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Appeals Court Backs North Carolina Toll Road
North Carolina Court of Appeals refuses to block toll road project in which state taxpayers subsidize foreign company profits.

I-77 construction
The controversial Interstate 77 high occupancy toll (HOT) lane project in North Carolina will not be stopped by a lawsuit. The state Court of Appeals on Tuesday rejected a challenge filed by Widen I-77, a local activist group that argues the project rips off residents along the 26 mile route between Charlotte to Mooresville.

Unlike the typical "not in my backyard" opposition to toll roads, Widen I-77 wants more general purpose lanes to reduce congestion, instead of HOT lanes that come with contractual clauses designed to perpetuate bottlenecks in the free lanes. A three-judge panel declined to declare unconstitutional the delegation of tolling authority to a private foreign company free to collect "an unlimited rate of return on investment."

North Carolina specifically passed a "P3" public private partnership statute giving the North Carolina Department of Transportation (NCDOT) full authority to enter tolling agreements that last up to fifty years. The three-judge panel concluded that these projects were in the public interest.

"We are deeply disappointed by these decisions," the anti-tolling group said in a statement Tuesday. "Widen I-77 will meet as a group and discuss our next options."

NCDOT decided in 2014 to hand existing freeway lanes over to Cintra, a Spanish company, despite the failed efforts by the state House of Representatives to block the deal. A majority of the chamber's lawmakers were upset that the deal would cost North Carolina taxpayers $540 million in subsidies while Cintra only pitched in $252 million in equity.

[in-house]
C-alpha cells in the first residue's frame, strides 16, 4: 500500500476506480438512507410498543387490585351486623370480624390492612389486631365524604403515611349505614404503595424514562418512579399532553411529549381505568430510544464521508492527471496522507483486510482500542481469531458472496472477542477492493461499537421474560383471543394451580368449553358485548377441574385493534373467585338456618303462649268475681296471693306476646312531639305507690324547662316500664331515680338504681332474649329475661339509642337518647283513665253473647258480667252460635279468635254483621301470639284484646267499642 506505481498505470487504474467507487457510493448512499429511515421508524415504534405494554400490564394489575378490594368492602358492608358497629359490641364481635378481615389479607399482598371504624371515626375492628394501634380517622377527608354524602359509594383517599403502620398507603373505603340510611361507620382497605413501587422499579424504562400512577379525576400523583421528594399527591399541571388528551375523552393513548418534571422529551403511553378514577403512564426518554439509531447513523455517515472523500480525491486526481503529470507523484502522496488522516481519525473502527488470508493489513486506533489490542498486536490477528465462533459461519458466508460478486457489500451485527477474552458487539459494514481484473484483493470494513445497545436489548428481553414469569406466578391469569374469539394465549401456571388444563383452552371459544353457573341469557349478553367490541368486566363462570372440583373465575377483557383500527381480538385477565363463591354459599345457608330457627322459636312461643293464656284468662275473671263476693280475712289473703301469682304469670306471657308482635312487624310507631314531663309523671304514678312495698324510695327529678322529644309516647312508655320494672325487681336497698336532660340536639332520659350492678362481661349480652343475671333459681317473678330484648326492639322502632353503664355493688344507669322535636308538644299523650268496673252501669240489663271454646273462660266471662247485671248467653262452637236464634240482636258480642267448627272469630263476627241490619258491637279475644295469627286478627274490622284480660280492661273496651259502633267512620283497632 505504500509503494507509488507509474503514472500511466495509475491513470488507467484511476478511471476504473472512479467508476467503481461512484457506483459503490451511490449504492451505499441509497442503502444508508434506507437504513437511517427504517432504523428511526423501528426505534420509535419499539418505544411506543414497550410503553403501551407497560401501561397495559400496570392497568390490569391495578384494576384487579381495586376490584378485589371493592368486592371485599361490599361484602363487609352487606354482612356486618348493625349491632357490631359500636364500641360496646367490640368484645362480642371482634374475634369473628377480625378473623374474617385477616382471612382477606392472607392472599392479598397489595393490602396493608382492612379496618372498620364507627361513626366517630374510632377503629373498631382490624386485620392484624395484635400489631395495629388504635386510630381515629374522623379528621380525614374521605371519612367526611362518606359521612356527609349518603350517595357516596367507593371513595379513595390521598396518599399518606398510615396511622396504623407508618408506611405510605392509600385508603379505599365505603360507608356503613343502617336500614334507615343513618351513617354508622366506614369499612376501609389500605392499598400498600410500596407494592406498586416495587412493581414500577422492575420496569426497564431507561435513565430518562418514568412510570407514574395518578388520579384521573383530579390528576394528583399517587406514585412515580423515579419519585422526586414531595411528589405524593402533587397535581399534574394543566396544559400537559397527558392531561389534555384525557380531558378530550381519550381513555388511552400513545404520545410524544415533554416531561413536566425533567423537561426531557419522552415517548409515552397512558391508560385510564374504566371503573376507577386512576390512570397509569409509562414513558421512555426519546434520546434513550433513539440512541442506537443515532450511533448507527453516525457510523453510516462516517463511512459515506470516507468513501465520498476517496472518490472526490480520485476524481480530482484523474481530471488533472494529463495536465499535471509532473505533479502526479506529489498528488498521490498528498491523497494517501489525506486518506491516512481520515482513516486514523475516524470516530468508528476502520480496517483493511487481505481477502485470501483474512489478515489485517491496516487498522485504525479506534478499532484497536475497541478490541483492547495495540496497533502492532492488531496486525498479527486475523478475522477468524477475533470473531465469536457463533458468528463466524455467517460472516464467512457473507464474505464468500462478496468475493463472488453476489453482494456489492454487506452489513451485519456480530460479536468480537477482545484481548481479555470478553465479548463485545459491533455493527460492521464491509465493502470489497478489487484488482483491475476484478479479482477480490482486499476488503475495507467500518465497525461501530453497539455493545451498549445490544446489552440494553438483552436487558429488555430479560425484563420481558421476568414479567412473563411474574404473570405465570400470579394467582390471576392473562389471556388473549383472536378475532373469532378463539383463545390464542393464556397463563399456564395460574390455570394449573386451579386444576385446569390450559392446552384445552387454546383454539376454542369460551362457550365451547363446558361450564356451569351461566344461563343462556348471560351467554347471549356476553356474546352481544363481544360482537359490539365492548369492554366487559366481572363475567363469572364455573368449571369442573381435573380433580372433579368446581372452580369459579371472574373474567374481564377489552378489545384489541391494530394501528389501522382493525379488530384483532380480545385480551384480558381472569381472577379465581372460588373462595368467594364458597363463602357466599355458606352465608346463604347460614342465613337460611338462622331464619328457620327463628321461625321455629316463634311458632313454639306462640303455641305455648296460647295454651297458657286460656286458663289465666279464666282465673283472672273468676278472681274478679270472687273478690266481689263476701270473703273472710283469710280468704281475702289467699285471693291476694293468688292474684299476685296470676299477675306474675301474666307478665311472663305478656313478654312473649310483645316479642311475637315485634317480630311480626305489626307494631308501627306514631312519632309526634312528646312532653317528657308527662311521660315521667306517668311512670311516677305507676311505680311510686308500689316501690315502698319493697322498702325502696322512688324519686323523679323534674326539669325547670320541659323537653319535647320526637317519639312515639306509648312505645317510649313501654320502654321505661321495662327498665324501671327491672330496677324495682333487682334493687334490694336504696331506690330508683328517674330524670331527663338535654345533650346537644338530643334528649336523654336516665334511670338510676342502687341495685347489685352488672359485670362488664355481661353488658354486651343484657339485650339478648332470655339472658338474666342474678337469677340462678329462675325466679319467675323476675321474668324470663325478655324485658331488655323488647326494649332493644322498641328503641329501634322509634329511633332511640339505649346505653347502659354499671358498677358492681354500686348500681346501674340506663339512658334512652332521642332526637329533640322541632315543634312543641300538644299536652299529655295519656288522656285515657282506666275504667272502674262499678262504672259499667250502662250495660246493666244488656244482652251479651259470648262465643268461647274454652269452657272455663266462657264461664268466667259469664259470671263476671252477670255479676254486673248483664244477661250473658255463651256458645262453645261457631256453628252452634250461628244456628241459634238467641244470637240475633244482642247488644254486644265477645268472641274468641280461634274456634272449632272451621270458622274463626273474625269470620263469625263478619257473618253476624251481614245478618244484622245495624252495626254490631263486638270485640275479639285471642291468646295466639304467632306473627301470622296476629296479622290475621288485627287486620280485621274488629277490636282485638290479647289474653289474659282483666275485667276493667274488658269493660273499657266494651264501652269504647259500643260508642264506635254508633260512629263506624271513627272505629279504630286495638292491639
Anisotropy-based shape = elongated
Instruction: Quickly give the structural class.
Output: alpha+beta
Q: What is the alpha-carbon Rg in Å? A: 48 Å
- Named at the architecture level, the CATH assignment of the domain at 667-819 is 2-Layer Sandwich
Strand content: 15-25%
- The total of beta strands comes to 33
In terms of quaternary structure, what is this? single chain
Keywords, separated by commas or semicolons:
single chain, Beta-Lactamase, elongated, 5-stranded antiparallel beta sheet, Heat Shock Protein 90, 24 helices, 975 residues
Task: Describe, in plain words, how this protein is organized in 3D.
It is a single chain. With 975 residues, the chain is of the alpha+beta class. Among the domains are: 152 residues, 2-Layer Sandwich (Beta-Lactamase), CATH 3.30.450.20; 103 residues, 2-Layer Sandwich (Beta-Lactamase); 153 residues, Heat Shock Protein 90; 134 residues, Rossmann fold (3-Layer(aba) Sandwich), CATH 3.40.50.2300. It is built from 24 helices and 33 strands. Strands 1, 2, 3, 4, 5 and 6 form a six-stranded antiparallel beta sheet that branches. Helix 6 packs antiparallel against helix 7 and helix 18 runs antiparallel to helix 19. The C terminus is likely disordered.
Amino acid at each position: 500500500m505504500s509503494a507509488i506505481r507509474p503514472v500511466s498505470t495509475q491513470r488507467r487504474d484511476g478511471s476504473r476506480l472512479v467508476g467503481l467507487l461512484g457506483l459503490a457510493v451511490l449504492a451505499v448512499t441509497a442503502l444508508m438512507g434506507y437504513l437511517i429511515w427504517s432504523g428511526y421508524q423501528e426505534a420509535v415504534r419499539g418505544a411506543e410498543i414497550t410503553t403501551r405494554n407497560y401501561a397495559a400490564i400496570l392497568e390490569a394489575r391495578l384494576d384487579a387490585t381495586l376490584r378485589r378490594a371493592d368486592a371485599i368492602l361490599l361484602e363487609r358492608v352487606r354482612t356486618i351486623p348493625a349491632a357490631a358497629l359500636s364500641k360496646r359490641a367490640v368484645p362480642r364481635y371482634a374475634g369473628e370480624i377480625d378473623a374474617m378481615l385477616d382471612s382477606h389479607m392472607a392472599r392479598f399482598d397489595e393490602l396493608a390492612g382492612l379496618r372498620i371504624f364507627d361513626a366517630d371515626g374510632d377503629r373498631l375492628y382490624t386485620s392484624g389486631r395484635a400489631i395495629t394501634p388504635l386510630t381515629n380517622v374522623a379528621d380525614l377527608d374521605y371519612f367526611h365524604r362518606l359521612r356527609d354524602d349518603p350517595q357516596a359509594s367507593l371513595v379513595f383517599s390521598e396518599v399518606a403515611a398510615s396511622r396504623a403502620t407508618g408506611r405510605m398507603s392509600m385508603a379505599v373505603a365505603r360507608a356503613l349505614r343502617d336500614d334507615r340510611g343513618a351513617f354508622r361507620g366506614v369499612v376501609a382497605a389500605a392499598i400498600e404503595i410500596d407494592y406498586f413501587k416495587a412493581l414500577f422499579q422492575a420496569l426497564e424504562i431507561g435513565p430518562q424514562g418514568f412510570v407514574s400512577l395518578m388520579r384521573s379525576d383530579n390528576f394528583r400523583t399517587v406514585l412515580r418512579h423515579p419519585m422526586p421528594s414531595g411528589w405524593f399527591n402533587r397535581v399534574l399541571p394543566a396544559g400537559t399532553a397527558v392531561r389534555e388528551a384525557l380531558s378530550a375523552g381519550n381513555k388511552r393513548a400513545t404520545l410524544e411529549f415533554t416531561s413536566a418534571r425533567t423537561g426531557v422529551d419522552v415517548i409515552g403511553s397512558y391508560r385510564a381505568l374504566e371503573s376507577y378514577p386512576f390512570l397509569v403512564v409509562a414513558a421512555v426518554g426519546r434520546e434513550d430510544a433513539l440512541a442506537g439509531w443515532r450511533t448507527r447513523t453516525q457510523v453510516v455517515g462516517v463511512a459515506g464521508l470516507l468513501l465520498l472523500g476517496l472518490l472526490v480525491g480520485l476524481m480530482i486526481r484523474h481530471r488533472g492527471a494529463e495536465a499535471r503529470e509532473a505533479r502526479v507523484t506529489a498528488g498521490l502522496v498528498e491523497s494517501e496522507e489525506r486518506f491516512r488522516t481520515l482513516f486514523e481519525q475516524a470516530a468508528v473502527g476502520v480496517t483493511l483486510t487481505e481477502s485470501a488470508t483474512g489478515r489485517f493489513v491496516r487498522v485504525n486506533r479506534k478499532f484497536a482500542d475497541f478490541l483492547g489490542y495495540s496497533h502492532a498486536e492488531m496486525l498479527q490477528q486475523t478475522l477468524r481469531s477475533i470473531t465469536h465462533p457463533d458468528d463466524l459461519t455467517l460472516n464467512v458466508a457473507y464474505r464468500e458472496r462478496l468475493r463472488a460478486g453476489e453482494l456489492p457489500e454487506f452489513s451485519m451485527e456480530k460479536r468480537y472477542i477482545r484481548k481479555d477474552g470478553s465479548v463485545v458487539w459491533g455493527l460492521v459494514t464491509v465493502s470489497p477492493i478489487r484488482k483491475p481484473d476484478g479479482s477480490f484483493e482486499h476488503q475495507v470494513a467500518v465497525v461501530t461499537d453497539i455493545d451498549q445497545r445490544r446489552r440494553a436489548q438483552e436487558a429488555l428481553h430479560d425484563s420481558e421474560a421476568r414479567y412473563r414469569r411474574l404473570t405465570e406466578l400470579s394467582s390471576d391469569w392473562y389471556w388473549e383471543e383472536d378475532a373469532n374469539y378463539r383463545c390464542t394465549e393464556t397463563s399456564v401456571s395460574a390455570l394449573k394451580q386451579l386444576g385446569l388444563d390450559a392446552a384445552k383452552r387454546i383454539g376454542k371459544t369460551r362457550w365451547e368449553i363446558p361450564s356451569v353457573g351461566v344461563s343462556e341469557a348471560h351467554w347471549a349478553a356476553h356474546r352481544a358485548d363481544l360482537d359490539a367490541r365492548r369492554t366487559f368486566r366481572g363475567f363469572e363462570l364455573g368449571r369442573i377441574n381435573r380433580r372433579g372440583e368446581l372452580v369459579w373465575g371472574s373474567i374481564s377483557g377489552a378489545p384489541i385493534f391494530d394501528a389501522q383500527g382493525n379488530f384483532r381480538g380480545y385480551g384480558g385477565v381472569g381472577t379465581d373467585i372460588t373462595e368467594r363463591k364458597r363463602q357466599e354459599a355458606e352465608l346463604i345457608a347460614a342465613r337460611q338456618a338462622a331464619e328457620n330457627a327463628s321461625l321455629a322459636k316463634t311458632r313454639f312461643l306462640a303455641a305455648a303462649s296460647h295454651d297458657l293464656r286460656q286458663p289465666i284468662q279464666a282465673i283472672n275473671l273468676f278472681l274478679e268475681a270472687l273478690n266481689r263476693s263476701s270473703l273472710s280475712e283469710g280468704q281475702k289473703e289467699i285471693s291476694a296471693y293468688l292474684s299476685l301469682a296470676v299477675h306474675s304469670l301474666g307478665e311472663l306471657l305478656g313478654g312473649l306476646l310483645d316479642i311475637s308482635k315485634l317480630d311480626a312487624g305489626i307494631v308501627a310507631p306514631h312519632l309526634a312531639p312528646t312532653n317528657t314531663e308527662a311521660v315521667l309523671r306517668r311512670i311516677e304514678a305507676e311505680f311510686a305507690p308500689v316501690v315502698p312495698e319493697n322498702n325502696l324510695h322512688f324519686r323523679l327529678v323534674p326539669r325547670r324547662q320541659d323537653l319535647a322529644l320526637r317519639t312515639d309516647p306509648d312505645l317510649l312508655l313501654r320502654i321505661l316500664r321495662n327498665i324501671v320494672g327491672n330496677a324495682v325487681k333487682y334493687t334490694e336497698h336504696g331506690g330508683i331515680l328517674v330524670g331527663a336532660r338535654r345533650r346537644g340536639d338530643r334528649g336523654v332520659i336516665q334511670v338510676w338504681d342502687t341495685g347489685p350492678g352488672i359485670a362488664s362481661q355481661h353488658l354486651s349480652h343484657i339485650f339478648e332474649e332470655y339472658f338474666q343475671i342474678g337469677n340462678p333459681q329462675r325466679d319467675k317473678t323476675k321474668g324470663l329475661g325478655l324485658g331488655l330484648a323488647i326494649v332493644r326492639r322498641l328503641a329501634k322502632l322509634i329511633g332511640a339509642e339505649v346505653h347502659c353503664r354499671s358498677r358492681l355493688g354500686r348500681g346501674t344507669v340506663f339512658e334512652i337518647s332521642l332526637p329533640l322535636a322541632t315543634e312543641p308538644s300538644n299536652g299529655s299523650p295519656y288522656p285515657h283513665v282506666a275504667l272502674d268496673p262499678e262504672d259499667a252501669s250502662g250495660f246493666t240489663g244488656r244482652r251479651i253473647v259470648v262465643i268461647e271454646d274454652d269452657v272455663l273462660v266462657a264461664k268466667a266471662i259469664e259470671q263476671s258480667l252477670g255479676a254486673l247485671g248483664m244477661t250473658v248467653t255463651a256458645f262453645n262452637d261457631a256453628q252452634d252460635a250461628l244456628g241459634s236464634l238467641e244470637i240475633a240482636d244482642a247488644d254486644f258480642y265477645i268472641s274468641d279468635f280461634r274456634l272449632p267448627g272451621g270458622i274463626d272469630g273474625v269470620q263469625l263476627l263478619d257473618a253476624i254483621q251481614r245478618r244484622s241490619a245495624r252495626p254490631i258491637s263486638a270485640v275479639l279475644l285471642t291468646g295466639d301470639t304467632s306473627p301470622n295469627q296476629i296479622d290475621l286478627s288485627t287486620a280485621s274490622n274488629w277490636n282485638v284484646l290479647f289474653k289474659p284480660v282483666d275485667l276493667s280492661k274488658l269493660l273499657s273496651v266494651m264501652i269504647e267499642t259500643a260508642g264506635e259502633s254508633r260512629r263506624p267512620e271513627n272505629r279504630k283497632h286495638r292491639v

Widen I-77 notes that nearly every US toll road project has defaulted on its debt, and that when this deal goes south, the state's contract with Cintra will leave state and federal taxpayers having paid out a grand total of $728 million. Meanwhile, Cintra has already pocketed $37 million in fees for creating the tolling proposal, plus $52 million to create the I-77 Mobility Partners shell corporation.

The anti-tolling group also suspects Cintra has been vastly overcharging for the project, with $51 million going towards a Cintra subsidiary for the toll collection equipment. Cost overruns have already reached $100 million, as the lead contractor, Sugar Creek Construction, happens to be 70 percent owned by Cintra's parent company.

"The net effect is the vendor and the customer are one and the same," Kurt Naas, Widen I-77's leader, explained. "This enables a situation where the vendor has a perverse incentive to overcharge the customer with the parent pocketing the difference, especially if a third party is paying."

NCDOT's contract grants Cintra the ability to collect revenue tax-free. By Widen I-77's calculation, Cintra will have recouped its entire equity investment by the time it begins collecting tolls that will be worth $8.3 billion over the life of the contract, and the state will have overpaid by $410 million to create this tolling project.

Widen I-77 has also blasted the project for "throwing safety to the wind" by creating massive dust clouds and leaving obstructions in the middle of the highway. A copy of the ruling is available in a 170k PDF file at the source link below.

Source: PDF File Widen I-77 v. North Carolina DOT (Court of Appeals, State of North Carolina, 5/2/2017)

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